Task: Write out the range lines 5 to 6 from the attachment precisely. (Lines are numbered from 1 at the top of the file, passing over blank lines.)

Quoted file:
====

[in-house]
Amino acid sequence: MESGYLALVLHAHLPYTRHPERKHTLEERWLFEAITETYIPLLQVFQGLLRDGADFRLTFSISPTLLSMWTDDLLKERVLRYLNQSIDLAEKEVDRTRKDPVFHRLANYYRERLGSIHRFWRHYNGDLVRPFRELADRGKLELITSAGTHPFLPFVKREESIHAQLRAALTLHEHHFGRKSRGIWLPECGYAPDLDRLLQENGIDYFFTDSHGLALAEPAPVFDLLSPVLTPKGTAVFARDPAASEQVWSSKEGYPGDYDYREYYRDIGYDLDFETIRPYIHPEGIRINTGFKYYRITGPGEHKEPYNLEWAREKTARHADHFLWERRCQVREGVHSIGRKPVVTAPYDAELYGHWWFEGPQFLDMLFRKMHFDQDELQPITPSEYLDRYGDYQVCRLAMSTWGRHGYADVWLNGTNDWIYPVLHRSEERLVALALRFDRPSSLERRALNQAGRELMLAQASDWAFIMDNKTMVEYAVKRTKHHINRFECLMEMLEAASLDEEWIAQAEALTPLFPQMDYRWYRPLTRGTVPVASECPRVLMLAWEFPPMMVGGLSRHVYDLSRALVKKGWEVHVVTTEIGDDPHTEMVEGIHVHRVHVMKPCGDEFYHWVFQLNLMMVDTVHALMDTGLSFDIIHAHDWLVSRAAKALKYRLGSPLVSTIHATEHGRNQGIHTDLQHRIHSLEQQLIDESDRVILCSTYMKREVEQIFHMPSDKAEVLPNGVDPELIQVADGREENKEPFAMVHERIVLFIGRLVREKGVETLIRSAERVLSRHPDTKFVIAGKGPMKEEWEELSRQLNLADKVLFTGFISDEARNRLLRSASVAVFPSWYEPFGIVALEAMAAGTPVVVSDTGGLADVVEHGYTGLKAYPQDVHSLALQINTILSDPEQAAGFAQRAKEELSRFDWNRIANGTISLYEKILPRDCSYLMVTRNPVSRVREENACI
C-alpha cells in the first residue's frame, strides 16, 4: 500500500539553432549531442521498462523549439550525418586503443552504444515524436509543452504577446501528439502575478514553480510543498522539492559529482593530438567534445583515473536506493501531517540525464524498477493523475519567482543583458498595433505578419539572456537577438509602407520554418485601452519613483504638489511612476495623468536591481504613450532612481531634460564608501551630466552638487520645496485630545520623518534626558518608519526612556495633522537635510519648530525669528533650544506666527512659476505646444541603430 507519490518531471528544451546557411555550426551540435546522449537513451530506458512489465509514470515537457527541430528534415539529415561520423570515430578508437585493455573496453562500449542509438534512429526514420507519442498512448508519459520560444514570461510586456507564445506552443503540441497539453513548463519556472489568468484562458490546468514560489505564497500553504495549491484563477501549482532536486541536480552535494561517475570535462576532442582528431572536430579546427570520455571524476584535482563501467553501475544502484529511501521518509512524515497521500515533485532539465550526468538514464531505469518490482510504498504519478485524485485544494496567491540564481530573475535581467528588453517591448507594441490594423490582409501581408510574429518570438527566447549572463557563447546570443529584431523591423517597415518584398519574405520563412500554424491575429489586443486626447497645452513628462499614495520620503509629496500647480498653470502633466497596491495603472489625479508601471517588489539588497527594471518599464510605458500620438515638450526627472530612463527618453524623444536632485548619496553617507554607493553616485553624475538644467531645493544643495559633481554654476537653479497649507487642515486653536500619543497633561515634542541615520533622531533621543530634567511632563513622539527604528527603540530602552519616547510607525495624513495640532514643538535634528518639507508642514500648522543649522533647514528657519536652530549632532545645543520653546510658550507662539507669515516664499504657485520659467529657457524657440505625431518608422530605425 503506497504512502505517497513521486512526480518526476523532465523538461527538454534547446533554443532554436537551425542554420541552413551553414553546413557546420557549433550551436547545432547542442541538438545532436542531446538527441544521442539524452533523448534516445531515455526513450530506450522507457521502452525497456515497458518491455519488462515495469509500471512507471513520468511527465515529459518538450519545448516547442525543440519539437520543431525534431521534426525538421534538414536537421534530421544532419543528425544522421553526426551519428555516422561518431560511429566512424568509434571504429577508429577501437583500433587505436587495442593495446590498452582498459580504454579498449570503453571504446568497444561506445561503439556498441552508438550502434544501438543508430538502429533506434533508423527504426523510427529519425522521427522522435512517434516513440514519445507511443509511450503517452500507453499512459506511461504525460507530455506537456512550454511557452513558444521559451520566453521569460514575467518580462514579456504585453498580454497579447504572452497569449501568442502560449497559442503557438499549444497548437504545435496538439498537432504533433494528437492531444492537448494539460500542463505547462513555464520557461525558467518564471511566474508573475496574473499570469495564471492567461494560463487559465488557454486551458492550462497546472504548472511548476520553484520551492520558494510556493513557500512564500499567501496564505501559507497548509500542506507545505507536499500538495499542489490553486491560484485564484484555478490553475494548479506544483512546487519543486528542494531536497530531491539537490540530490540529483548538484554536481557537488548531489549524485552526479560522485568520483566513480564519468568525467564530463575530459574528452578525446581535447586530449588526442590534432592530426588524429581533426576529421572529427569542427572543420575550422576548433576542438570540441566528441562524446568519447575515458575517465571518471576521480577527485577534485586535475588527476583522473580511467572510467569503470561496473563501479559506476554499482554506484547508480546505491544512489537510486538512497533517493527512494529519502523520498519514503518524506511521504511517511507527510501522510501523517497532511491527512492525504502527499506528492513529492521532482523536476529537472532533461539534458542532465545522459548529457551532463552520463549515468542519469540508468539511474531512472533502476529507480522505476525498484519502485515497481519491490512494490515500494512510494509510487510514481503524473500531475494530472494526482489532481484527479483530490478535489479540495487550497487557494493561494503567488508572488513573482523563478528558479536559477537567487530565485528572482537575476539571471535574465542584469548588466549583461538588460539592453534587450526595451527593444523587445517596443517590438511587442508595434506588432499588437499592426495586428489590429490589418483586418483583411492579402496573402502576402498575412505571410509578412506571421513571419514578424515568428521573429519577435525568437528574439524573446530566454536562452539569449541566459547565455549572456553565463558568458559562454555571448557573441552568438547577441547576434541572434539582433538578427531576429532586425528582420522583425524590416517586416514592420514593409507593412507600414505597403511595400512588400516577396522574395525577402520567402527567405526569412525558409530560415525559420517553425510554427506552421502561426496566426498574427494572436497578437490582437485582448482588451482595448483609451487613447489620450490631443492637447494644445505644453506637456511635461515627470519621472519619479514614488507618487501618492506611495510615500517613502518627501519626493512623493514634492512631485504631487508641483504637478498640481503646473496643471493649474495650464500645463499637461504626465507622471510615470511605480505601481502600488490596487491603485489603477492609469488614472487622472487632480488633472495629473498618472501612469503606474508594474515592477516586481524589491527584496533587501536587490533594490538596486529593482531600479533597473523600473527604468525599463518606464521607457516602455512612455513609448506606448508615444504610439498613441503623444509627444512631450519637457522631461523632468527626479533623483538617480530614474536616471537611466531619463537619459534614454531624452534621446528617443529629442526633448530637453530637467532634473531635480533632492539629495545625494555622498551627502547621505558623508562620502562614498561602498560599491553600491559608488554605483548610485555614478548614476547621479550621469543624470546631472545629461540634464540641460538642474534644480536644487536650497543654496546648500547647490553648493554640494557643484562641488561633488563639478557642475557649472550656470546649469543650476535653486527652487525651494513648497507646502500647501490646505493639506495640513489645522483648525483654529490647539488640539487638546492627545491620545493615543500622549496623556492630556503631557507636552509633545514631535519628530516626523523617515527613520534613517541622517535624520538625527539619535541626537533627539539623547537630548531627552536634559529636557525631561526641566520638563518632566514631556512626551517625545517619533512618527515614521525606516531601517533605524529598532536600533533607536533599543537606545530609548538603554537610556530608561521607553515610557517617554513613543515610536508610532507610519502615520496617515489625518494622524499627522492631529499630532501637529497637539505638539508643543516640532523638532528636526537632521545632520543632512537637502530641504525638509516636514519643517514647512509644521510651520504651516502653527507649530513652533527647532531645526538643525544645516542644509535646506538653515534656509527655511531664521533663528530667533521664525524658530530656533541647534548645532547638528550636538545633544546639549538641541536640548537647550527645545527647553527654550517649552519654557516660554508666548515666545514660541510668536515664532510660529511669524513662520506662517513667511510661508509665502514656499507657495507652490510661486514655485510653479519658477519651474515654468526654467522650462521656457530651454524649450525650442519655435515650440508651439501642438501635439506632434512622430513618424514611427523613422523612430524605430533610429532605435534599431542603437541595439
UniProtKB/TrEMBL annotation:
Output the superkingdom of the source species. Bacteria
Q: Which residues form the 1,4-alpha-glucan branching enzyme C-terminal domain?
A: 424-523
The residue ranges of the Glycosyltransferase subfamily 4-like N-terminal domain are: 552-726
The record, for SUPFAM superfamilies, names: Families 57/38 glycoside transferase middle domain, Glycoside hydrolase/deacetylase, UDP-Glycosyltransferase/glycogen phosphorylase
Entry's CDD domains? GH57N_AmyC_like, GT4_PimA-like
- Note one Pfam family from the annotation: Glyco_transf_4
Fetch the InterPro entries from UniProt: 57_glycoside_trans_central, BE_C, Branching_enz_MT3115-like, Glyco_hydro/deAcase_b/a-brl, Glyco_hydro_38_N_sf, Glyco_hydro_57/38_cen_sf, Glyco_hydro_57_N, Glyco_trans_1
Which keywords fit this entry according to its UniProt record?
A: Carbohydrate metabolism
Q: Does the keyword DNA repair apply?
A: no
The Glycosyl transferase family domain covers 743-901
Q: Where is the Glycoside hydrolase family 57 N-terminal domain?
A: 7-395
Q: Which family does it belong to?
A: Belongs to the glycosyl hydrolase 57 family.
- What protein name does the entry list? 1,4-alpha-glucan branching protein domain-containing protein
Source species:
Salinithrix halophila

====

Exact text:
Output the superkingdom of the source species. Bacteria
Q: Which residues form the 1,4-alpha-glucan branching enzyme C-terminal domain?